In his final public address, Pope Benedict XVI on Wednesday forcefully defended his decision to resign while trying to reassure Catholics still reeling from the shock of his unprecedented move.
For the first time since his stunning announcement on Feb. 11, the 85-year-old pope explained at length his decision to become the first pope in six centuries to resign. His tenure officially ends Thursday at 8 p.m. local time.
Benedict admitted that his resignation is a “grave” and “novel” act but, he added, his choice had been made “with profound serenity.”
“Loving the church means having the courage to make difficult, agonizing choices, having ever before oneself the good of the church and not one’s own,” he said.
VATICAN CITY — Pope Benedict XVI will be known as “Pope Emeritus” after his retirement on Feb. 28, and will continue to wear white vestments, the Vatican announced on Tuesday.
Ever since Benedict’s surprise announcement that he would become the first pope in 600 years to resign, there had been wide speculation about seemingly small issues, such as what he would be called or whether he would retain the title of “pope.” Such details, however, carry great symbolical value within the tradition-bound Roman Catholic Church.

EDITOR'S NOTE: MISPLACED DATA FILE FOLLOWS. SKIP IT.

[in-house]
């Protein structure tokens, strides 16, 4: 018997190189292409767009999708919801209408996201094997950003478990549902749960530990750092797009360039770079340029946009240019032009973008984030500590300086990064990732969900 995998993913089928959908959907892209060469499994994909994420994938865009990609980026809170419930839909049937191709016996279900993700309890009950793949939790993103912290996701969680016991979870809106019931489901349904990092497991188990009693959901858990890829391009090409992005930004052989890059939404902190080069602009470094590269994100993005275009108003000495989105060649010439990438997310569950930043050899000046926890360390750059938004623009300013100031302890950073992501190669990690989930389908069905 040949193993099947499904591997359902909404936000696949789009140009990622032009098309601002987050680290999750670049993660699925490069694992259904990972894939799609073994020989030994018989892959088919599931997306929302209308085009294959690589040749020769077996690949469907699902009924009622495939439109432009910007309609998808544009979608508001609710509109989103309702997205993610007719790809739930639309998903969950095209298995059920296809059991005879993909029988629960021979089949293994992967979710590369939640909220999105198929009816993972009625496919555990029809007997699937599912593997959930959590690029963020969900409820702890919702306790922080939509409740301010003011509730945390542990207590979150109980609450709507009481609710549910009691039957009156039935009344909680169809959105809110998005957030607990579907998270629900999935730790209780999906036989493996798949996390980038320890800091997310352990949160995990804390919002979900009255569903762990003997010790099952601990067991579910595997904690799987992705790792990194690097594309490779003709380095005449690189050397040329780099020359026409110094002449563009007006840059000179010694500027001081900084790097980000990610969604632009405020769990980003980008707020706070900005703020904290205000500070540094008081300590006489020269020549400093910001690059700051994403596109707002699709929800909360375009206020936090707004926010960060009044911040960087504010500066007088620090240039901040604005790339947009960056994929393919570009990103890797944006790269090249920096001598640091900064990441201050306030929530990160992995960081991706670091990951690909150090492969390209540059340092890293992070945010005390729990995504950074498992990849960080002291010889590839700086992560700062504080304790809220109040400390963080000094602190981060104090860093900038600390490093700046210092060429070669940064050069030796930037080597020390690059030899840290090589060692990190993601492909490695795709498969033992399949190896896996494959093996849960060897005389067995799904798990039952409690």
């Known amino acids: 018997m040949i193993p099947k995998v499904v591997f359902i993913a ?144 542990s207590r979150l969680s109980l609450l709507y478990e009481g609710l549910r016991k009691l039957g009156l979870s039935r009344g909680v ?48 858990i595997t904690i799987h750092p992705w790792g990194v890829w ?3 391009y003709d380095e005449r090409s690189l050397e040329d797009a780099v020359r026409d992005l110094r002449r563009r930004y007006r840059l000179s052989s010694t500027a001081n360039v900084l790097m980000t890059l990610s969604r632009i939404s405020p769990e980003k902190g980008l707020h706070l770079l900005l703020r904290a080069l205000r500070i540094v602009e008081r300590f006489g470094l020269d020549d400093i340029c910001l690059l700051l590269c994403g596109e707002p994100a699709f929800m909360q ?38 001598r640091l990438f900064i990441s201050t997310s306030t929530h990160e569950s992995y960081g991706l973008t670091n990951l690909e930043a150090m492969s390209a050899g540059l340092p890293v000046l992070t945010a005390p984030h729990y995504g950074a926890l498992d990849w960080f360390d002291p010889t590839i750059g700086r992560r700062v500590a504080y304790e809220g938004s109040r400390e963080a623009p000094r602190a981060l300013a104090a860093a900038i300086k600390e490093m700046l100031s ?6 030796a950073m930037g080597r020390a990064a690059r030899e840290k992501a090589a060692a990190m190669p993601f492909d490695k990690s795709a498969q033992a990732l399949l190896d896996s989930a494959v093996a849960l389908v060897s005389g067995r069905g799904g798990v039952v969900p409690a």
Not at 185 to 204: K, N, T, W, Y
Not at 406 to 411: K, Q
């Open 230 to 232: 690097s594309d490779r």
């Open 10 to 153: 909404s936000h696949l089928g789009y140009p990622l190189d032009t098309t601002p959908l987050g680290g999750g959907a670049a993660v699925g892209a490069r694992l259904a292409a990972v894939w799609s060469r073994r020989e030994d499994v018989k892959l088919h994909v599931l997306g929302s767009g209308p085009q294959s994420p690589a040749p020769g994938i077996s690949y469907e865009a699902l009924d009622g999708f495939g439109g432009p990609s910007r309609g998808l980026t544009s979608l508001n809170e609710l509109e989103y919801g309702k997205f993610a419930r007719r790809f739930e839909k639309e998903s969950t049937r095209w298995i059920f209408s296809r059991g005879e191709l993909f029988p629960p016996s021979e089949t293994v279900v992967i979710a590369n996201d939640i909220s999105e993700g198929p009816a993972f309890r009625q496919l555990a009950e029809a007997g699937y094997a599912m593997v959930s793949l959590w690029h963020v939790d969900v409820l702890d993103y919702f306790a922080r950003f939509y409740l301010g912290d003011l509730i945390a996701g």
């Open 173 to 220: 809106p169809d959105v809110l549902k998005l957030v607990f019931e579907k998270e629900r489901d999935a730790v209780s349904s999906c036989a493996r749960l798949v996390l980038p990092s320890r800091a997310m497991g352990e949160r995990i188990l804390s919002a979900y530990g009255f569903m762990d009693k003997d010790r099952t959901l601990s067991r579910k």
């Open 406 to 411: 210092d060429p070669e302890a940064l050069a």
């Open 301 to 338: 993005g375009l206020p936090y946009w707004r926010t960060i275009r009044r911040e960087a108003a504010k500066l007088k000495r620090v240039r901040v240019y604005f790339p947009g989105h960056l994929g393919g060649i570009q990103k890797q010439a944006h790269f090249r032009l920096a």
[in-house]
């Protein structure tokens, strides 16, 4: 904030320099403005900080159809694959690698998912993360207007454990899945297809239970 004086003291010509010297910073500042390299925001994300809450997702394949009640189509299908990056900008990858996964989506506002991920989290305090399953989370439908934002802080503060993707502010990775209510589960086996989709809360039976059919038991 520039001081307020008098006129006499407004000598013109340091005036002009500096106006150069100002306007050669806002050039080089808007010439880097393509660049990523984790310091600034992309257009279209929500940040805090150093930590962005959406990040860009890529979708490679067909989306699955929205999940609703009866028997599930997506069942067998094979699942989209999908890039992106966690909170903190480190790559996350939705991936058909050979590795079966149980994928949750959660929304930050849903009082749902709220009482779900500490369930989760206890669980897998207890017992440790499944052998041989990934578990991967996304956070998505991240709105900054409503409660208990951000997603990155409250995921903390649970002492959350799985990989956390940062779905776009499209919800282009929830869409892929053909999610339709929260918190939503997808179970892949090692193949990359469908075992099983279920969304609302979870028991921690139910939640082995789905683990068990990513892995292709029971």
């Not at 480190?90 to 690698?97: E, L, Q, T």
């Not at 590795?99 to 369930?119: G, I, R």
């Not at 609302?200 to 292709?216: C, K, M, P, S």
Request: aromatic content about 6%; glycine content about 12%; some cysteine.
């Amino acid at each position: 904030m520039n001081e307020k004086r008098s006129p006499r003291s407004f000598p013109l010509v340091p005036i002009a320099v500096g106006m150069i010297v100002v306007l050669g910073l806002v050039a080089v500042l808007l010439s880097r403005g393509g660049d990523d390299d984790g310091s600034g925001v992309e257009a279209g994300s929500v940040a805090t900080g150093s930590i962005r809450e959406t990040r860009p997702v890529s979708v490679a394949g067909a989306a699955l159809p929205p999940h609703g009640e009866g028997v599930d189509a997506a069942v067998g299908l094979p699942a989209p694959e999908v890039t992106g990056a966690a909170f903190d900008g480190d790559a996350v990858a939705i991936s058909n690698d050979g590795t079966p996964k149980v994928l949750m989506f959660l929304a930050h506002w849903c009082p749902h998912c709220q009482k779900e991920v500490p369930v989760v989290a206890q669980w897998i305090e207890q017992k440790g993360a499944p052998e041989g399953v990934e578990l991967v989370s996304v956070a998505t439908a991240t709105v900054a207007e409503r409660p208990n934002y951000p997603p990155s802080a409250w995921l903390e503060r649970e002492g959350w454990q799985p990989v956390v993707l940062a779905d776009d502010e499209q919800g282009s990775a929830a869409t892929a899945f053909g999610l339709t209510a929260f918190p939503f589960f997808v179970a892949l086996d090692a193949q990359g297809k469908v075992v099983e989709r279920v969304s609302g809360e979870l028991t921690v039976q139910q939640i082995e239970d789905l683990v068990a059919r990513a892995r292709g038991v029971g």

The Rev. Federico Lombardi, the Vatican’s chief spokesman, told reporters that Benedict will continue to be called “His Holiness” and that his title will be “Pope Emeritus” or “Emeritus Roman Pontiff.”
He said Benedict had decided the issue himself, after consultations with experts.
If you want a crash course on how papal politics really works, look no further than the saga of Scottish Cardinal Keith O’Brien.
On Friday, Britain’s most senior Catholic cleric grabbed headlines by telling the BBC that priestly celibacy was “not of divine origin” and that he’d be “happy” if priests had the option to marry.
On Saturday, O’Brien was back in the news, this time after four men reportedly accused him of “inappropriate acts” dating back to the 1980s.
By Monday, O’Brien had resigned as archbishop of Saint Andrews and Edinburgh and announced he would skip the conclave.
From champion of married priests to disgraced churchman within 72 hours, O’Brien’s trajectory is stunning but also emblematic of the frenetic and fever-pitched campaigning that occurs during the tiny window between a pope’s death or resignation and the election of his successor.